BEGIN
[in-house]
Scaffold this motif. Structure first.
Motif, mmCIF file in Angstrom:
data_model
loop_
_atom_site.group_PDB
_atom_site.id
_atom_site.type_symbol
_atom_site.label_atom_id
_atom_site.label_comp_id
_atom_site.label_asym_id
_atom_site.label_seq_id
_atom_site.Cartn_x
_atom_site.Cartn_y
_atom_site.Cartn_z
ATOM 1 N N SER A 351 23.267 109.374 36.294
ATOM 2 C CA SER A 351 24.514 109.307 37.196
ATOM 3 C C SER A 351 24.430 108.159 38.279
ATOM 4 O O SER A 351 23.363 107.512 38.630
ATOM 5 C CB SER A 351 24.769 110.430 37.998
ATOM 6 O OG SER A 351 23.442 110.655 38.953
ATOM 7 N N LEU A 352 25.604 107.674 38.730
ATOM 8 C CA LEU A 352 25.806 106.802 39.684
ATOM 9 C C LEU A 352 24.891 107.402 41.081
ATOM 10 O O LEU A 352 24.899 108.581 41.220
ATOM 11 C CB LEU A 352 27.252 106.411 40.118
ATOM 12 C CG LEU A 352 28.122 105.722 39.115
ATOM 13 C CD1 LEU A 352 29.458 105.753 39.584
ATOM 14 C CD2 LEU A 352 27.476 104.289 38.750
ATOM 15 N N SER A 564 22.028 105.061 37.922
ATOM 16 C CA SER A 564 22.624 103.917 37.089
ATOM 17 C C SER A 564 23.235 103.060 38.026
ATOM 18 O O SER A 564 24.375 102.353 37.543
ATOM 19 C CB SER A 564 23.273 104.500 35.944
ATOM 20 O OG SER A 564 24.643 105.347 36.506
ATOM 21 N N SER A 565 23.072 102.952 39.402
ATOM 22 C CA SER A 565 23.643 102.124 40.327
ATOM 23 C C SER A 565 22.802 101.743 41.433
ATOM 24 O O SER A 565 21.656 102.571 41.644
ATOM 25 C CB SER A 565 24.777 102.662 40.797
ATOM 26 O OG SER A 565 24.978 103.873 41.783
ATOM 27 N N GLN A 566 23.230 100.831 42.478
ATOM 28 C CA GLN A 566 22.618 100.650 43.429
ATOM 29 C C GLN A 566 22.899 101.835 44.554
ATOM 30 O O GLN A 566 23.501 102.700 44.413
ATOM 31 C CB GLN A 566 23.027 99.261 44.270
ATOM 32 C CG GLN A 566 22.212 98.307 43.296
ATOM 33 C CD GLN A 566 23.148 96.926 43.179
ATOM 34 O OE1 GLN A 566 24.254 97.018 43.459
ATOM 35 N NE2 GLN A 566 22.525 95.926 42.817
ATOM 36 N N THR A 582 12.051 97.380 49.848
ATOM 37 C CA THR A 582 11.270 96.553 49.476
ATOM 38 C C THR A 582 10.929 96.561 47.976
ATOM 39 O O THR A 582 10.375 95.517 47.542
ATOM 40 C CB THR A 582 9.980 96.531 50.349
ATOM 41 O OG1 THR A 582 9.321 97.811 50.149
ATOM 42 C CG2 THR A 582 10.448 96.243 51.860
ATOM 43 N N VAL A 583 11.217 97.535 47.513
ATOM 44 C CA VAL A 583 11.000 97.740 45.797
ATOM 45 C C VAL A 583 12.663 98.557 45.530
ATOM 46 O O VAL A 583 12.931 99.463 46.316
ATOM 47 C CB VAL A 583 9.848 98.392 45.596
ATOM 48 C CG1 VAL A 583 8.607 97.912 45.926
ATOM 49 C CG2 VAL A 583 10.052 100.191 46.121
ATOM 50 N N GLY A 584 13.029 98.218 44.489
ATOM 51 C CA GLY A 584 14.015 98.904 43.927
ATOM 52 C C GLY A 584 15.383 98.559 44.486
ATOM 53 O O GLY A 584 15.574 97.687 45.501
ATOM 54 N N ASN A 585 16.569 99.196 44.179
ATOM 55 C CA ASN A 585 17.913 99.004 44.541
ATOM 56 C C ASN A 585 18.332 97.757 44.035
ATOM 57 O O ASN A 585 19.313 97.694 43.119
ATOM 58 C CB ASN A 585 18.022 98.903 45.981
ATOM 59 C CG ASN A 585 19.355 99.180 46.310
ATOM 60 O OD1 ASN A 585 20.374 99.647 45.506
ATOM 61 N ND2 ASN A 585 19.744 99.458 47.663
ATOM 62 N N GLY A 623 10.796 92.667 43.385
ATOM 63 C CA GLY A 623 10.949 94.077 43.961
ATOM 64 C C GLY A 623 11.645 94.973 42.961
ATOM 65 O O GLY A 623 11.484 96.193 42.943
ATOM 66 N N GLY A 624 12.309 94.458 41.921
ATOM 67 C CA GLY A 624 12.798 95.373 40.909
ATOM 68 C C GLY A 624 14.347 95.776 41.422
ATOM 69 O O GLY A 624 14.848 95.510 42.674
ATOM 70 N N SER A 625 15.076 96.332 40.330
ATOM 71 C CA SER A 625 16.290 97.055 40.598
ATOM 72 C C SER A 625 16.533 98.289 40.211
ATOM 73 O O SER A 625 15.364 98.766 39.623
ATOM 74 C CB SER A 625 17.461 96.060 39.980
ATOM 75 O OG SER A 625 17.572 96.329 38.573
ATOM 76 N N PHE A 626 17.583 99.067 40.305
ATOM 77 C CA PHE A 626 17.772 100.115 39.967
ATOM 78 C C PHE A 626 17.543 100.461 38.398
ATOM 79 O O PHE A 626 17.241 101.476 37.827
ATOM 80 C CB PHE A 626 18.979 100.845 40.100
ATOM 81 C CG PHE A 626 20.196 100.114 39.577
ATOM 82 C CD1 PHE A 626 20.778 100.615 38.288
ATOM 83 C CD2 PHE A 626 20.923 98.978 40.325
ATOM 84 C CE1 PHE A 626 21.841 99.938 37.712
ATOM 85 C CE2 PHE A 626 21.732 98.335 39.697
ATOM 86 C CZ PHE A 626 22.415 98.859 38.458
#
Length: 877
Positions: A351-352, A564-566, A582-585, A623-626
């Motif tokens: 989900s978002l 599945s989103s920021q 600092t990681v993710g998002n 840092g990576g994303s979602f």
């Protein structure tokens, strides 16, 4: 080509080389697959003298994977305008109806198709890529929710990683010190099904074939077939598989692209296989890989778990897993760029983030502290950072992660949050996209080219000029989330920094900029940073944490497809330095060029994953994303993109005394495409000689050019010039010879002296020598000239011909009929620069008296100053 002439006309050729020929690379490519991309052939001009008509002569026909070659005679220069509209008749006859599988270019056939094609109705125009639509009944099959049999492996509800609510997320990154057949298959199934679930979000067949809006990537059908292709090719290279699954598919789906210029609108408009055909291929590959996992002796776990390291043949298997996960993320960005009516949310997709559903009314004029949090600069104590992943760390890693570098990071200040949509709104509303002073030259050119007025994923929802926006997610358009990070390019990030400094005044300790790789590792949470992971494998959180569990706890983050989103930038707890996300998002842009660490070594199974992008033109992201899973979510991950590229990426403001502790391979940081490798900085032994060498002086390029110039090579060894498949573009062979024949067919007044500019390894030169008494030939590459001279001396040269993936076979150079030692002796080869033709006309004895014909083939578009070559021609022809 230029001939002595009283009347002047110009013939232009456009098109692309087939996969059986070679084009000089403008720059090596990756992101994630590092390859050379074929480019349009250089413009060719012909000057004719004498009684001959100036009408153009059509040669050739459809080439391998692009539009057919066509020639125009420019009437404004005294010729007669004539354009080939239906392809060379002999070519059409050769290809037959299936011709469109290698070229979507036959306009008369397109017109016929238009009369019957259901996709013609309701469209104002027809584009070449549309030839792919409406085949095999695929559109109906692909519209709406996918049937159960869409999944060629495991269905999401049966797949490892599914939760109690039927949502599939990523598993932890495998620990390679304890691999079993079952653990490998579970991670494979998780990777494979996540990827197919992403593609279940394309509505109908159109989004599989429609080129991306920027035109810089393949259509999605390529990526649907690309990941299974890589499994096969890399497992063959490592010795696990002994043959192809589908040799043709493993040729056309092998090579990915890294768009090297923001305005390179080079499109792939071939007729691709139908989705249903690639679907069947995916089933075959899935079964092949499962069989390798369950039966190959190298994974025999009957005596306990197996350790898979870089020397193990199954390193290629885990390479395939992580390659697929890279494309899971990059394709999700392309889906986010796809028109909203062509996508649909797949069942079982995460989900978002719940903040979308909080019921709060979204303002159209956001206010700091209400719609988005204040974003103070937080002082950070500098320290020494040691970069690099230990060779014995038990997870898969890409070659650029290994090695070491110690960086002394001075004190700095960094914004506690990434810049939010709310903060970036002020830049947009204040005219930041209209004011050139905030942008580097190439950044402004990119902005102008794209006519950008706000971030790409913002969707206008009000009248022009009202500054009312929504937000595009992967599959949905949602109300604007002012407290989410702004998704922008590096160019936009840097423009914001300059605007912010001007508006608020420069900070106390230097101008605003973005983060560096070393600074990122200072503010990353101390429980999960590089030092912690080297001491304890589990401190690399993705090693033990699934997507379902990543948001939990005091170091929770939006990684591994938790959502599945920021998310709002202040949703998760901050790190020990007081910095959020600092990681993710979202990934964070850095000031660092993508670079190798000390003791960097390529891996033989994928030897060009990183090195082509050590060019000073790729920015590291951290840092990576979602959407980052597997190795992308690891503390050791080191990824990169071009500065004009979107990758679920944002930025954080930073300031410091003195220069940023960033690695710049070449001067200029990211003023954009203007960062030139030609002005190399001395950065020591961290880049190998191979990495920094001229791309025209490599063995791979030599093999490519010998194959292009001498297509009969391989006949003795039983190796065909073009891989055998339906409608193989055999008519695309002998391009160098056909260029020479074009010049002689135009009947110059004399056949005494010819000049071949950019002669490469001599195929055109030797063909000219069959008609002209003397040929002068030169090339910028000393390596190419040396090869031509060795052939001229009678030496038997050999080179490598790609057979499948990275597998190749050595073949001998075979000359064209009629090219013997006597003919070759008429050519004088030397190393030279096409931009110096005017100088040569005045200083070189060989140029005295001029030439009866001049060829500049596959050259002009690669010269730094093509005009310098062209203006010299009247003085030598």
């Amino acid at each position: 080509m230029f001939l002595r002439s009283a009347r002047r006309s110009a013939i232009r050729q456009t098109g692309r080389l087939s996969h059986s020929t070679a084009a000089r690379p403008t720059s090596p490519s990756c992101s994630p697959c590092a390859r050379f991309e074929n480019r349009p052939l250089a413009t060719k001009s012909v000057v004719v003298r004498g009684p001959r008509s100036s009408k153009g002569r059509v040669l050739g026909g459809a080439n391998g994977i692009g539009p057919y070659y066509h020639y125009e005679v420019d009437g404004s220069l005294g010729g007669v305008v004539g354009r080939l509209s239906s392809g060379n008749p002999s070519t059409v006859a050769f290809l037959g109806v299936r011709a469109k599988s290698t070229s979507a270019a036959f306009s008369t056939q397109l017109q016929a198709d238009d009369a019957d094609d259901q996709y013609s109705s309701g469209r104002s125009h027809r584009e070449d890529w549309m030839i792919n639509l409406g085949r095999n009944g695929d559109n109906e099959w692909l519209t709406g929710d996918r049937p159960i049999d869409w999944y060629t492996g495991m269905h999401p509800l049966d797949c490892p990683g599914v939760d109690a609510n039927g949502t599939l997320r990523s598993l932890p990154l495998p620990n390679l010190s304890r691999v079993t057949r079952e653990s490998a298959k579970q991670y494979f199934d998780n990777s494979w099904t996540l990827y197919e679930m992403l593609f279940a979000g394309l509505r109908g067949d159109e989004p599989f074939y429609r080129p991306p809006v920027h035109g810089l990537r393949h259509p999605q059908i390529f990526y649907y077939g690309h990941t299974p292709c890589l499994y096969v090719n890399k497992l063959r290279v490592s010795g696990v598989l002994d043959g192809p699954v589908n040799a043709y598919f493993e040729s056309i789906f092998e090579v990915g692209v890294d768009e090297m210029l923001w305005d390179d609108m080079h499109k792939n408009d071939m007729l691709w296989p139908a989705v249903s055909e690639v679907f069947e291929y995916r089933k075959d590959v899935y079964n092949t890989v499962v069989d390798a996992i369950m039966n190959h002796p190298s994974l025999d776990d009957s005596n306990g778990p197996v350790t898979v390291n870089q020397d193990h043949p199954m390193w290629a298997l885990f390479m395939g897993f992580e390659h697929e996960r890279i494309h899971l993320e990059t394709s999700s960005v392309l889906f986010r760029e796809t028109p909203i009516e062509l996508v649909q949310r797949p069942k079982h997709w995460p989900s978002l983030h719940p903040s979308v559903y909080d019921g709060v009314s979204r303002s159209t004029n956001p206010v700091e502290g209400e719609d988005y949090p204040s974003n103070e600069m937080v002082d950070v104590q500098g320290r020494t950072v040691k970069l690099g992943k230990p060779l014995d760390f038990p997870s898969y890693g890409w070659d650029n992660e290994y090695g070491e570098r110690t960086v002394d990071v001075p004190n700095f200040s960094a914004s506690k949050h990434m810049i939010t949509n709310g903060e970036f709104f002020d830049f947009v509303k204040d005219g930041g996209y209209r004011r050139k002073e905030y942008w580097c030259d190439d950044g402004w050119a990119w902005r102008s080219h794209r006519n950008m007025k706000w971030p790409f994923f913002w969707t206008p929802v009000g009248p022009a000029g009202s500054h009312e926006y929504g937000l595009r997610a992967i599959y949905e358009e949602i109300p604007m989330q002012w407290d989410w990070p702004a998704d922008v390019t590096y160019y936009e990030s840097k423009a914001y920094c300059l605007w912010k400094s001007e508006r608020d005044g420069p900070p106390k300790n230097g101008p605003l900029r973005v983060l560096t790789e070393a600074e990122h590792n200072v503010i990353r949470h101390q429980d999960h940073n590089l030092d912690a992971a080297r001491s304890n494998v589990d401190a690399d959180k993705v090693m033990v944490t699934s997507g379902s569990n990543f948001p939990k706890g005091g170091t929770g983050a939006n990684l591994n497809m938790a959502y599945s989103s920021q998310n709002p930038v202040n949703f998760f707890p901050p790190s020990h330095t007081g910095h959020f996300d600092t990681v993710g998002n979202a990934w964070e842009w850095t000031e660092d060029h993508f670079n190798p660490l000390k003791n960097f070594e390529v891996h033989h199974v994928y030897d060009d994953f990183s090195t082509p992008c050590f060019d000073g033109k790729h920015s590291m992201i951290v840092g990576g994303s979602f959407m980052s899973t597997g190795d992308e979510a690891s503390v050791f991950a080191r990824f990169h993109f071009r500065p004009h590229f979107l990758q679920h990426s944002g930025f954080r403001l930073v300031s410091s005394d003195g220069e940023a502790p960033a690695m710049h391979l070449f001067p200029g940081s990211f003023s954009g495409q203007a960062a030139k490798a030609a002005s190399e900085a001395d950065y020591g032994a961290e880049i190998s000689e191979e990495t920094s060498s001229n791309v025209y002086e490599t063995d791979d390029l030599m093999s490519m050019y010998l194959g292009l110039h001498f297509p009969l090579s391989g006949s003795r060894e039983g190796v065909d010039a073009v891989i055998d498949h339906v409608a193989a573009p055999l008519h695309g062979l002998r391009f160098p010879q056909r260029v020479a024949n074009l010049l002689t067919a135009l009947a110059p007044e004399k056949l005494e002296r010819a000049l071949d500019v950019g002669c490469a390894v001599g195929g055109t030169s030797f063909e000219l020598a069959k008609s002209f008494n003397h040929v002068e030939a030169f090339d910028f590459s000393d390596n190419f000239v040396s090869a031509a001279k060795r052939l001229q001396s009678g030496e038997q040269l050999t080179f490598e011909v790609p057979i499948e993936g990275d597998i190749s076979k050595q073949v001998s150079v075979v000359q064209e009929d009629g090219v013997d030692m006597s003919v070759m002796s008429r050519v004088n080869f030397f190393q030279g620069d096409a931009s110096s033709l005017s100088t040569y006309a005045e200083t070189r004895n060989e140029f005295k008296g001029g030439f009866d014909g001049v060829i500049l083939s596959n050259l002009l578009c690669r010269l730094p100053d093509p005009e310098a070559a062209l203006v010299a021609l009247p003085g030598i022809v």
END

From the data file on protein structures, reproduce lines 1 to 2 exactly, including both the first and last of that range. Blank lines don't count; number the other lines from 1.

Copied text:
[in-house]
Scaffold this motif. Structure first.